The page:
So… you should be remembering that I’d asked you to do the following for today:
• Why do we not meet Romeo at the start of the play, and is there any significance in the language that Shakespeare uses when we do first meet Romeo?
I hope by the end of today’s lesson you’d all realised that Romeo is kept apart from the opening on a number of levels… linguistically, and physically.
I’ll say more in a minute, but here’s a really important thing for you to remember… and no marks for not saying this in class… Gregory and Sampson are CAPULETS, whilst Romeo is a MONTAGUE. This means there is an even greater differentiation than you first suspected.
The opening lines are filled with Shakespearean ‘humour’, namely lots of wordplay in the sense of puns (collier/choler/collar/and so forth), and also base and crude humour such as “…the heads of the maids?” “…their maidenheads” (I.i.21-22). You should compare this with Romeo’s first remarks which, while filled with wordplay, are more serious and reflective. Shakespeare appears to have chosen oxymorons as – while still clever wordplay – they are much more sophisticated than the puns of the opening.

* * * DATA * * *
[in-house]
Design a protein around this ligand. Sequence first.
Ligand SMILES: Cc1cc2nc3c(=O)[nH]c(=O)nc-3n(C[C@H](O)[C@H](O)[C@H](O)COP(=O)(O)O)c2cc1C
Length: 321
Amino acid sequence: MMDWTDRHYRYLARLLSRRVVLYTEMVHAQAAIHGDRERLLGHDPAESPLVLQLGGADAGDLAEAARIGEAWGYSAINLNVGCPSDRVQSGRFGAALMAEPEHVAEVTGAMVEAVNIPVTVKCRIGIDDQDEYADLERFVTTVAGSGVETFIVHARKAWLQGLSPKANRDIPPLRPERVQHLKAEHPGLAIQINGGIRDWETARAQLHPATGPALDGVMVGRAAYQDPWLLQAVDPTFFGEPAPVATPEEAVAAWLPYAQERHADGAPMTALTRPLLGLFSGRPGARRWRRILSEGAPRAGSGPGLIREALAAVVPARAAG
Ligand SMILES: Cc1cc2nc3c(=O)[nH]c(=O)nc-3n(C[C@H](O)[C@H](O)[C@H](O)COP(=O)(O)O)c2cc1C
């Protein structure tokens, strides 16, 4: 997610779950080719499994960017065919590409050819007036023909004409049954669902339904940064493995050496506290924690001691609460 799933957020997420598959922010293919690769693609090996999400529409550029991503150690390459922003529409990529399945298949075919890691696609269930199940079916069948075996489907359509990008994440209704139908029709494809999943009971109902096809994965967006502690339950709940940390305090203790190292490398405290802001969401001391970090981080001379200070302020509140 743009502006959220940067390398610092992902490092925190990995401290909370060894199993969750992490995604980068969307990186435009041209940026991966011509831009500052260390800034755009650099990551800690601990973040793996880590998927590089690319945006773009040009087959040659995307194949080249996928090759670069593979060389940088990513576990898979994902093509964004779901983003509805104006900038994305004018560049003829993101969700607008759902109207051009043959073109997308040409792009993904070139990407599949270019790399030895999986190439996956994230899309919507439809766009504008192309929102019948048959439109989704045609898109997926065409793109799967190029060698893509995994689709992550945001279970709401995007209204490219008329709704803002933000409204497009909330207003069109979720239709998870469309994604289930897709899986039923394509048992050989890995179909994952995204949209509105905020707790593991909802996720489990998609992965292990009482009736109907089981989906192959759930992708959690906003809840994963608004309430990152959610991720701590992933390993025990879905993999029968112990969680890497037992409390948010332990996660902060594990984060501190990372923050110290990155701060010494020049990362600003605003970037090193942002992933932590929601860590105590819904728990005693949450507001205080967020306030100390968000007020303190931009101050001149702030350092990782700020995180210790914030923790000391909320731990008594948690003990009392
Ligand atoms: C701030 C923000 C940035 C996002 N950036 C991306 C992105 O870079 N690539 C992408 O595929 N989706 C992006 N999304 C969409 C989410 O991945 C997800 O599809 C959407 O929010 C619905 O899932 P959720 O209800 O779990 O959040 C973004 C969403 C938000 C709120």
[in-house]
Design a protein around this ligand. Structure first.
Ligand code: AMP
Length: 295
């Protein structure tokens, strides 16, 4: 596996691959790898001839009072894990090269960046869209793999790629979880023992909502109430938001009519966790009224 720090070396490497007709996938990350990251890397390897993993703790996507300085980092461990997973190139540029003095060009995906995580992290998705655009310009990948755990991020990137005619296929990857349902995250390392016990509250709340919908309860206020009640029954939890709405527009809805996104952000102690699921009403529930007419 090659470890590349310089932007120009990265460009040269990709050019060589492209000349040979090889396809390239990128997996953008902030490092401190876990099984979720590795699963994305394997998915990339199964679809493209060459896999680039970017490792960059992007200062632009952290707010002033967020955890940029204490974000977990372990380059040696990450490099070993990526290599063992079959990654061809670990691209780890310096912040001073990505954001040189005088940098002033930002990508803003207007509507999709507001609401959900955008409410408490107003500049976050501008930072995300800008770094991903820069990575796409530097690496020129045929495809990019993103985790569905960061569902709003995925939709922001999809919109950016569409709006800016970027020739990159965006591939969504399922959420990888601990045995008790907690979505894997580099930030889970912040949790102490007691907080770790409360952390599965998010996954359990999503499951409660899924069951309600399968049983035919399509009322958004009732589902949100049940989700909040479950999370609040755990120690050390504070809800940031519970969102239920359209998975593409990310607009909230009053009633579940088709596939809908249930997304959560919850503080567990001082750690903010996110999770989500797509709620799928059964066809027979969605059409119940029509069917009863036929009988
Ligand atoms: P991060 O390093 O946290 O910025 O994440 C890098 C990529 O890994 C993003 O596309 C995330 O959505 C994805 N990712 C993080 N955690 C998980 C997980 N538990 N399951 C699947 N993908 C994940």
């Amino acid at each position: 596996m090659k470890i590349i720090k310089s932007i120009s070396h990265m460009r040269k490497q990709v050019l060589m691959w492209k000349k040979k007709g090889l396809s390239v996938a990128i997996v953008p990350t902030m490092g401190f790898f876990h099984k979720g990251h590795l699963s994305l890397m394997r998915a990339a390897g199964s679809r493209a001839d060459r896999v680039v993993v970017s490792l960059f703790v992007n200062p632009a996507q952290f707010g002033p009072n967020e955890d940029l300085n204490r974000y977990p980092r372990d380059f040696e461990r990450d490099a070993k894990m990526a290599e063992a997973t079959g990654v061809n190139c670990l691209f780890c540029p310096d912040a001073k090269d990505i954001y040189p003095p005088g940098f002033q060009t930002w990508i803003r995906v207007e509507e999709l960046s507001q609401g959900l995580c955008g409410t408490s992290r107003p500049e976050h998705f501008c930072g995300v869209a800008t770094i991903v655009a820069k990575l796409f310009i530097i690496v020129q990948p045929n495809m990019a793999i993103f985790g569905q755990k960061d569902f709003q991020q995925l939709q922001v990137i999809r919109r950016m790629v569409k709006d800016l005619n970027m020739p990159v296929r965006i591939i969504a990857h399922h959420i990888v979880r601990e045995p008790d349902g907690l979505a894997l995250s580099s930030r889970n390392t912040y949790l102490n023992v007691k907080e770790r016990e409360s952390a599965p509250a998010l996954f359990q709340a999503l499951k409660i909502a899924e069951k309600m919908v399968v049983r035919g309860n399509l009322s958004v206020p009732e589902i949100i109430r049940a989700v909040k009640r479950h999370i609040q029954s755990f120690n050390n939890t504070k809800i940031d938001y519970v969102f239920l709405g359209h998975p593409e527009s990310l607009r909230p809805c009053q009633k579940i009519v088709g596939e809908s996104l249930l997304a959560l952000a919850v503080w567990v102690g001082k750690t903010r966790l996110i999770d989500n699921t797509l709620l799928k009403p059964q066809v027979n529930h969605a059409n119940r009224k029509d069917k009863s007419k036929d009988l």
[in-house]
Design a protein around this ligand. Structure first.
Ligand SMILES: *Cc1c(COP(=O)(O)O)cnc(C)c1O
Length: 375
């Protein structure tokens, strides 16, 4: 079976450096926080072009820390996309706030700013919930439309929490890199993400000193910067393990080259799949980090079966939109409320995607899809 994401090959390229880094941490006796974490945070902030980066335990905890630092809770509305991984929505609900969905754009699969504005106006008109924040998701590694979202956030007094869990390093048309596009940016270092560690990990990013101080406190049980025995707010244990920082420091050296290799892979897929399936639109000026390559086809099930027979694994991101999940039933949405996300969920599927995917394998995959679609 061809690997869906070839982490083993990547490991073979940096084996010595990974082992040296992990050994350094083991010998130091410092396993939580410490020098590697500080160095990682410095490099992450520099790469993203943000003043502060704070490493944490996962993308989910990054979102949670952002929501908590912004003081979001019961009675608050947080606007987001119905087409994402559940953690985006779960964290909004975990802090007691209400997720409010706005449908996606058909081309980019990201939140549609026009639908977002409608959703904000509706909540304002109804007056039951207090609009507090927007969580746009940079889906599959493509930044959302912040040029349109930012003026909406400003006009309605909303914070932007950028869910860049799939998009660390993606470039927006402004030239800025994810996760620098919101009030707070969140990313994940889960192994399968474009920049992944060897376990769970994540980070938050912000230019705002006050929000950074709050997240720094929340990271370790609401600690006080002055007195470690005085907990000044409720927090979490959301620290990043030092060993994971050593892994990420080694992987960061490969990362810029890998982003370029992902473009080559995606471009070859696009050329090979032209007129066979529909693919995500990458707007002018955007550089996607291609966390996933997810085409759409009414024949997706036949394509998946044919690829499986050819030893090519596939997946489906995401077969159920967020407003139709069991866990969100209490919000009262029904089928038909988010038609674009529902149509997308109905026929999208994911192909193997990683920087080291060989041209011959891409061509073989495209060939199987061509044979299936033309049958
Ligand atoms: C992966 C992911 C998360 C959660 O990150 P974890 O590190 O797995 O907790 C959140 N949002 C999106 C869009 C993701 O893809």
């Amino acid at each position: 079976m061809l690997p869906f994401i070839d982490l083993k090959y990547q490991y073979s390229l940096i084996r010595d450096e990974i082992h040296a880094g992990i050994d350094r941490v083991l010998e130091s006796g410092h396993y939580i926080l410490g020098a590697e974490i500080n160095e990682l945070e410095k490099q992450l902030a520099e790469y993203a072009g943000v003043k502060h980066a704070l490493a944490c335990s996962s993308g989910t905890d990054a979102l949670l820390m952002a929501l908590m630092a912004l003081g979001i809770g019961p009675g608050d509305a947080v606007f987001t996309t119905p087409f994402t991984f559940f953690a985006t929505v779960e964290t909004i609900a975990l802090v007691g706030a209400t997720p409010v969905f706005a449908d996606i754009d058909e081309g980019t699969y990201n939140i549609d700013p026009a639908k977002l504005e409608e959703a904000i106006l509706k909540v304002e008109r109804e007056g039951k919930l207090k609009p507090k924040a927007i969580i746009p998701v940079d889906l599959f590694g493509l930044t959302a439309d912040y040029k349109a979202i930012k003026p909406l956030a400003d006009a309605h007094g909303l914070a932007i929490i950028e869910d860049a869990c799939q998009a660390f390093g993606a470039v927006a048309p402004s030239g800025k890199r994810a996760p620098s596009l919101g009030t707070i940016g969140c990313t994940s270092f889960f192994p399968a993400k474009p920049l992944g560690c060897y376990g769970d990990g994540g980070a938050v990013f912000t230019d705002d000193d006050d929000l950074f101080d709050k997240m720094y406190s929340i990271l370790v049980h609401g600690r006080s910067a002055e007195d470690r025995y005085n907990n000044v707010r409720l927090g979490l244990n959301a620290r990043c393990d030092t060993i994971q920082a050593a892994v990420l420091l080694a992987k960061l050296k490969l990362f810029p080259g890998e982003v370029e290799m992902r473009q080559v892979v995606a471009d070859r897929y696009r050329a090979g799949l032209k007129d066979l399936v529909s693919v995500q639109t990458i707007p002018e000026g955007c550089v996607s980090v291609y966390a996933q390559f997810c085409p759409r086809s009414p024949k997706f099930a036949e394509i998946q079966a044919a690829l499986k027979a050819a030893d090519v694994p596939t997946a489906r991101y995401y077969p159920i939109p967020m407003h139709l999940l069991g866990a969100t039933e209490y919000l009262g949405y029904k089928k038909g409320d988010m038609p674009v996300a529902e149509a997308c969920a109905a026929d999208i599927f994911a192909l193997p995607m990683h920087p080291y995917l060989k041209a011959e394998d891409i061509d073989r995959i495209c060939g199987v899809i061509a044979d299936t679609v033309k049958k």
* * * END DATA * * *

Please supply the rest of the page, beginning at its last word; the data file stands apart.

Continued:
Why, then, O brawling love, O loving hate,
O anything, of nothing first create! (I.i.168-169)
Romeo is effectively elevated by his more sophisticated language and turn of phrase. He is also concerned with love rather than the ‘sex’ that appears to preoccupy the base Capulet servants.
Physically, Romeo is not present in the opening in order to keep him out of the first ‘fight’ that we see between the Capulets and Montagues. This further advances the idea that he is different from the rest of his family, and that he appears to be (“O me! What fray was here?” – I.i.165) fed up with the constant fighting between the two families.
As a final point, you should have been considering the different attitude to love shown by Romeo… but I’ll leave it up to you to use the comments to say more about that! 😉